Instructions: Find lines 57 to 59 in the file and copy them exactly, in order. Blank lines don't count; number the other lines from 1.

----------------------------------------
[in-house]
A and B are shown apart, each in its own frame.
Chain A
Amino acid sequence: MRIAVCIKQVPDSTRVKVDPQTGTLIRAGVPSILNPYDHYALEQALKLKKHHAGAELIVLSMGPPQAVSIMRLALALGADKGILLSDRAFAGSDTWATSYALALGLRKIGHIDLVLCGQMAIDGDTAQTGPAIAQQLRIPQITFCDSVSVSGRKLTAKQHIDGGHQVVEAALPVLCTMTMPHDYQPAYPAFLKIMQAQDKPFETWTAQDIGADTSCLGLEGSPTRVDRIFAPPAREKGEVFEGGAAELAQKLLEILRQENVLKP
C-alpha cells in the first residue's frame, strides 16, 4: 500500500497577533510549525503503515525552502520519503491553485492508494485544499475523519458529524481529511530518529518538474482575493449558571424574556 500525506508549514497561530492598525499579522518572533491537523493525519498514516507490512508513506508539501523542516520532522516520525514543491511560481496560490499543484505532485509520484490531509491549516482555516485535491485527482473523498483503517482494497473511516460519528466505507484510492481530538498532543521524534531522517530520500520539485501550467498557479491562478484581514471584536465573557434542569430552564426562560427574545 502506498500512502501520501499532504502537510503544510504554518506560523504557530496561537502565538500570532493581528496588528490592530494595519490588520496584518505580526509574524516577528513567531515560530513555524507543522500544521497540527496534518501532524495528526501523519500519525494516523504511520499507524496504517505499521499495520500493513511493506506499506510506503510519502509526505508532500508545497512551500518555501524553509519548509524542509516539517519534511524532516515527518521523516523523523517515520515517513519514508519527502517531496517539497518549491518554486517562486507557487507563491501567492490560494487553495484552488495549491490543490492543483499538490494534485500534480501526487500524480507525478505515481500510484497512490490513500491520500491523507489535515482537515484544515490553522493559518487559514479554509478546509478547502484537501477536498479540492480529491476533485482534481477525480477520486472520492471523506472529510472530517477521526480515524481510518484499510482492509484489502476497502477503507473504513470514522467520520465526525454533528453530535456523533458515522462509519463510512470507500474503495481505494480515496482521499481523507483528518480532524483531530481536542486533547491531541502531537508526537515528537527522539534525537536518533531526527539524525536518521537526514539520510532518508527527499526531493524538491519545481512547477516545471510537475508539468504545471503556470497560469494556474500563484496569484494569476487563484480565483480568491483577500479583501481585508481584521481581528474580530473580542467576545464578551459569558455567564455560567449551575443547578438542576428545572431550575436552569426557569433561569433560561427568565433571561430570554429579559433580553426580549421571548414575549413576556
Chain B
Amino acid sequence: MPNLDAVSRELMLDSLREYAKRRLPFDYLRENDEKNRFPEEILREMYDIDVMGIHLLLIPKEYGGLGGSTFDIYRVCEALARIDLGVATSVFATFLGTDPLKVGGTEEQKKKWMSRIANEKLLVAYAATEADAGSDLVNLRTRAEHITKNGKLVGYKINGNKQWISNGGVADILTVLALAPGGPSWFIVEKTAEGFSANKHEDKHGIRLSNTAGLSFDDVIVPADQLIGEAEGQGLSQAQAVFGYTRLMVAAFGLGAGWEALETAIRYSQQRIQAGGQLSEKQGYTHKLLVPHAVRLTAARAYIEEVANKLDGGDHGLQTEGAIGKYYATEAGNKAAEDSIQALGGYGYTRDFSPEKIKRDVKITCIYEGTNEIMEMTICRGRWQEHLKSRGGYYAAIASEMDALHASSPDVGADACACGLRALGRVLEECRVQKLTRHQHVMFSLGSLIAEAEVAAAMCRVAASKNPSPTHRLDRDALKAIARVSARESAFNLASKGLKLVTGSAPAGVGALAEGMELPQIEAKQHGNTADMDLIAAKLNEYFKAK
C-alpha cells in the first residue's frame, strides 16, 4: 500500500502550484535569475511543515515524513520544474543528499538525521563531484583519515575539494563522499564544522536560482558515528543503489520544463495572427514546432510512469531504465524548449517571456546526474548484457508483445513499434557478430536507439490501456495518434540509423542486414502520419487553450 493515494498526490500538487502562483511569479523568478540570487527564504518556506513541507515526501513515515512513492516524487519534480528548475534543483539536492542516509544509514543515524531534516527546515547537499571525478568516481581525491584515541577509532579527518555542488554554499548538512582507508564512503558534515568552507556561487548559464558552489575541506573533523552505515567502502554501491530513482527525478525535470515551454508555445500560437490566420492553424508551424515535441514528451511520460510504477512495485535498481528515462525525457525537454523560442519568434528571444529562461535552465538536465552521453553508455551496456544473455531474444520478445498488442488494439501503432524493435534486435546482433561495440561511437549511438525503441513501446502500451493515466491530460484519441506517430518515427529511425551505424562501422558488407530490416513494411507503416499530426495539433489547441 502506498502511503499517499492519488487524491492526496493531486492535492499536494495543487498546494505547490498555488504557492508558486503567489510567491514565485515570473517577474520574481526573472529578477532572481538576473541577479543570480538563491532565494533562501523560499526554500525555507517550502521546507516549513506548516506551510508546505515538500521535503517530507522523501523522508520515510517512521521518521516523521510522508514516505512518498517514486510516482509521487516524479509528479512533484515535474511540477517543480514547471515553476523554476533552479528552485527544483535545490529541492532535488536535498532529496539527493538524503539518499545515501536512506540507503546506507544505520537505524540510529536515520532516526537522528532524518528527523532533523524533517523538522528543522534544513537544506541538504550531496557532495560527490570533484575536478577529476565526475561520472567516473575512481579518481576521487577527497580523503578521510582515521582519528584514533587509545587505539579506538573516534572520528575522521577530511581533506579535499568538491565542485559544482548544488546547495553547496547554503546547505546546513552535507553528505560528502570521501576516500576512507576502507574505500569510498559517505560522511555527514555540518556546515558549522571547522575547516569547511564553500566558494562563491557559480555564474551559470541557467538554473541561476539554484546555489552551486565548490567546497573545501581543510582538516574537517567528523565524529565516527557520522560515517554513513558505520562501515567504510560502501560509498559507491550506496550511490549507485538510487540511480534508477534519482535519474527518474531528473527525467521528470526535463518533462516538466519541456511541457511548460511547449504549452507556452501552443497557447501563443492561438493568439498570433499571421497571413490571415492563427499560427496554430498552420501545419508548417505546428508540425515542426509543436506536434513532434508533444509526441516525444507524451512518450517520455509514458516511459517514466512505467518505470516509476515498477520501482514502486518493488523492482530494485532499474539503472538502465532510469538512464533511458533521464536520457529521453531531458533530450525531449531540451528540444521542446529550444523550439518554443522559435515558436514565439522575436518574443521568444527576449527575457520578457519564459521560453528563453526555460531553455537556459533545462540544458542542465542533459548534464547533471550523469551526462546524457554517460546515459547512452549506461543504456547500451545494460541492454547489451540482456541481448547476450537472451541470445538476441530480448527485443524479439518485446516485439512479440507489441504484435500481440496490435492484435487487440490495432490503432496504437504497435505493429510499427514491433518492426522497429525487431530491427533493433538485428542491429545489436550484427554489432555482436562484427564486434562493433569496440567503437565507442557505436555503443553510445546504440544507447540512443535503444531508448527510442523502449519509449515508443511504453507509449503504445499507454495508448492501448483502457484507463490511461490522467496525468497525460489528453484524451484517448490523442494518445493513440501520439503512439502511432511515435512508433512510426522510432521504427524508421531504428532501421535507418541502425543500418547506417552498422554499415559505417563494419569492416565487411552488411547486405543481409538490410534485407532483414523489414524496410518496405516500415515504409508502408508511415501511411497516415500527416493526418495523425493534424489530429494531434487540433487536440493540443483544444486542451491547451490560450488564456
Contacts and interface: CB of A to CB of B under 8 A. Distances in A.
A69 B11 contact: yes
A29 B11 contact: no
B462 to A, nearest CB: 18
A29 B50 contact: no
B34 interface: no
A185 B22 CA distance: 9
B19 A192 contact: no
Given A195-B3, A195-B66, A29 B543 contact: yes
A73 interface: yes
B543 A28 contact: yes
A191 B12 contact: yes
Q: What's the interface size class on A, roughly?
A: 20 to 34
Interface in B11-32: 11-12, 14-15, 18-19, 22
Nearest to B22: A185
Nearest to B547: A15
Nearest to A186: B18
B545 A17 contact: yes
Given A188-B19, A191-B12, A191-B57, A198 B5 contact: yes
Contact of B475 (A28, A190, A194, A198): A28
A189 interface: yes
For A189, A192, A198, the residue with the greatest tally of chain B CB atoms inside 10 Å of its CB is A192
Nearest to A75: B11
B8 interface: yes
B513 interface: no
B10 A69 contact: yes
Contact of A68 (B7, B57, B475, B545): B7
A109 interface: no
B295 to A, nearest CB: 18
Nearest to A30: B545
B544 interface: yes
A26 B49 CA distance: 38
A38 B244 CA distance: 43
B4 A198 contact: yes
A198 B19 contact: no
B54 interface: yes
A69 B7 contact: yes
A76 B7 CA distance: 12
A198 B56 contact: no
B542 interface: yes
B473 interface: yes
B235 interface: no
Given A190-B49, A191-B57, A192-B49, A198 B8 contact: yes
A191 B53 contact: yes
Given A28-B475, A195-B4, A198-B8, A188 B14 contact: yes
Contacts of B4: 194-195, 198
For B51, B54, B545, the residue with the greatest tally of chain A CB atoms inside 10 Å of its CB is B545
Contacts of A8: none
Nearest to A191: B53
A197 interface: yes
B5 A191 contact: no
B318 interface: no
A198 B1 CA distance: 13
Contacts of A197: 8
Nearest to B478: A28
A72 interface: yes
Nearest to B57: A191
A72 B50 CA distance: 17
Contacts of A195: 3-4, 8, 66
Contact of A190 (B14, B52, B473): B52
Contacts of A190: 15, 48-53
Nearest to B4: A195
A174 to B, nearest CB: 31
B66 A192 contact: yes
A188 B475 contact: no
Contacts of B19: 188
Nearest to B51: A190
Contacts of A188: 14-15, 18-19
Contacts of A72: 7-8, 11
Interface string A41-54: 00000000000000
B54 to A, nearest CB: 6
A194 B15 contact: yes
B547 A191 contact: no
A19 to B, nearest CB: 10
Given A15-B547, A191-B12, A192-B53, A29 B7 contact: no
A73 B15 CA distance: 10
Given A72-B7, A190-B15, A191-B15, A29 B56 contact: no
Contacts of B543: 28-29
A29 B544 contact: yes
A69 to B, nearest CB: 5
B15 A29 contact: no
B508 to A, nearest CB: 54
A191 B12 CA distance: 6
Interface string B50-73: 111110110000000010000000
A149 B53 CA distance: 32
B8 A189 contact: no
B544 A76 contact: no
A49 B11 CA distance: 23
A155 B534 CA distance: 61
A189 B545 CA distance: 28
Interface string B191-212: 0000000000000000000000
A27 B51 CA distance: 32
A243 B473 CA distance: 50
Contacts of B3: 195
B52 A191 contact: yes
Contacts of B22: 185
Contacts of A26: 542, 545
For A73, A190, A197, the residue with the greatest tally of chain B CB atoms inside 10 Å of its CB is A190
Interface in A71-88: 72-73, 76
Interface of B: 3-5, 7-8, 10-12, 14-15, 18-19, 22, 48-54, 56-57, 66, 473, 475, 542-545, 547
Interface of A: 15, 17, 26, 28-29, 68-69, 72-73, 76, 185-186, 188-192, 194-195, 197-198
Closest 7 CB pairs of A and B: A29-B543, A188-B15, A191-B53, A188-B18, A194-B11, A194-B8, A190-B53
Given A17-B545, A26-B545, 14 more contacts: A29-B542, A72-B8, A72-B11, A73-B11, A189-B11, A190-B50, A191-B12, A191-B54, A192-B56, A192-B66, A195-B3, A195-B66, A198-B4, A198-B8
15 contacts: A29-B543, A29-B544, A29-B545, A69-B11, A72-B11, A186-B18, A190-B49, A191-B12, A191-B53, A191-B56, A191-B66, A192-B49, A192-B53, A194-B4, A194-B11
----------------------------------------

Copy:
Contacts of A8: none
Nearest to A191: B53
A197 interface: yes